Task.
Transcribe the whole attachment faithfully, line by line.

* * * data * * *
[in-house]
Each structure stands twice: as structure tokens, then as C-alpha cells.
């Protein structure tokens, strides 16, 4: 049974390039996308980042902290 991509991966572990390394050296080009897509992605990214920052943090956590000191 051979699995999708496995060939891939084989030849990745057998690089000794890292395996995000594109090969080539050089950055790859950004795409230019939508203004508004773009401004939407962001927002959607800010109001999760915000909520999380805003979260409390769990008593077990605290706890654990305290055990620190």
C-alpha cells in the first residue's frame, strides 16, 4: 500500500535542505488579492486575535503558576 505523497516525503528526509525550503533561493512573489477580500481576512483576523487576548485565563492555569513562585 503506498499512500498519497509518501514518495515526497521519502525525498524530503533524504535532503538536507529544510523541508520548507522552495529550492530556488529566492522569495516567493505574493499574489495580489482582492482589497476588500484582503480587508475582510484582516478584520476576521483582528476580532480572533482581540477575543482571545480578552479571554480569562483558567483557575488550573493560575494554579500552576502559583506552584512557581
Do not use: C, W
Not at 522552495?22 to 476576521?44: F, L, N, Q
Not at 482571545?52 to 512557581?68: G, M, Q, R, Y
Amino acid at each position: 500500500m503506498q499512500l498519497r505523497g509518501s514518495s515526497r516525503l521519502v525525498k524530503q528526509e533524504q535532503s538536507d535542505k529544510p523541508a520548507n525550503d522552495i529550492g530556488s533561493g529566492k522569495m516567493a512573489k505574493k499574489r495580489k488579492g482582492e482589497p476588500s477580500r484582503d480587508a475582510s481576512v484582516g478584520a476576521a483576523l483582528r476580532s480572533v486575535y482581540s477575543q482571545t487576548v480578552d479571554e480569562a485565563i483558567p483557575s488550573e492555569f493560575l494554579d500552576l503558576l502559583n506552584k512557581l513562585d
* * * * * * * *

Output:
[in-house]
Each structure stands twice: as structure tokens, then as C-alpha cells.
């Protein structure tokens, strides 16, 4: 049974390039996308980042902290 991509991966572990390394050296080009897509992605990214920052943090956590000191 051979699995999708496995060939891939084989030849990745057998690089000794890292395996995000594109090969080539050089950055790859950004795409230019939508203004508004773009401004939407962001927002959607800010109001999760915000909520999380805003979260409390769990008593077990605290706890654990305290055990620190």
C-alpha cells in the first residue's frame, strides 16, 4: 500500500535542505488579492486575535503558576 505523497516525503528526509525550503533561493512573489477580500481576512483576523487576548485565563492555569513562585 503506498499512500498519497509518501514518495515526497521519502525525498524530503533524504535532503538536507529544510523541508520548507522552495529550492530556488529566492522569495516567493505574493499574489495580489482582492482589497476588500484582503480587508475582510484582516478584520476576521483582528476580532480572533482581540477575543482571545480578552479571554480569562483558567483557575488550573493560575494554579500552576502559583506552584512557581
Do not use: C, W
Not at 522552495?22 to 476576521?44: F, L, N, Q
Not at 482571545?52 to 512557581?68: G, M, Q, R, Y
Amino acid at each position: 500500500m503506498q499512500l498519497r505523497g509518501s514518495s515526497r516525503l521519502v525525498k524530503q528526509e533524504q535532503s538536507d535542505k529544510p523541508a520548507n525550503d522552495i529550492g530556488s533561493g529566492k522569495m516567493a512573489k505574493k499574489r495580489k488579492g482582492e482589497p476588500s477580500r484582503d480587508a475582510s481576512v484582516g478584520a476576521a483576523l483582528r476580532s480572533v486575535y482581540s477575543q482571545t487576548v480578552d479571554e480569562a485565563i483558567p483557575s488550573e492555569f493560575l494554579d500552576l503558576l502559583n506552584k512557581l513562585d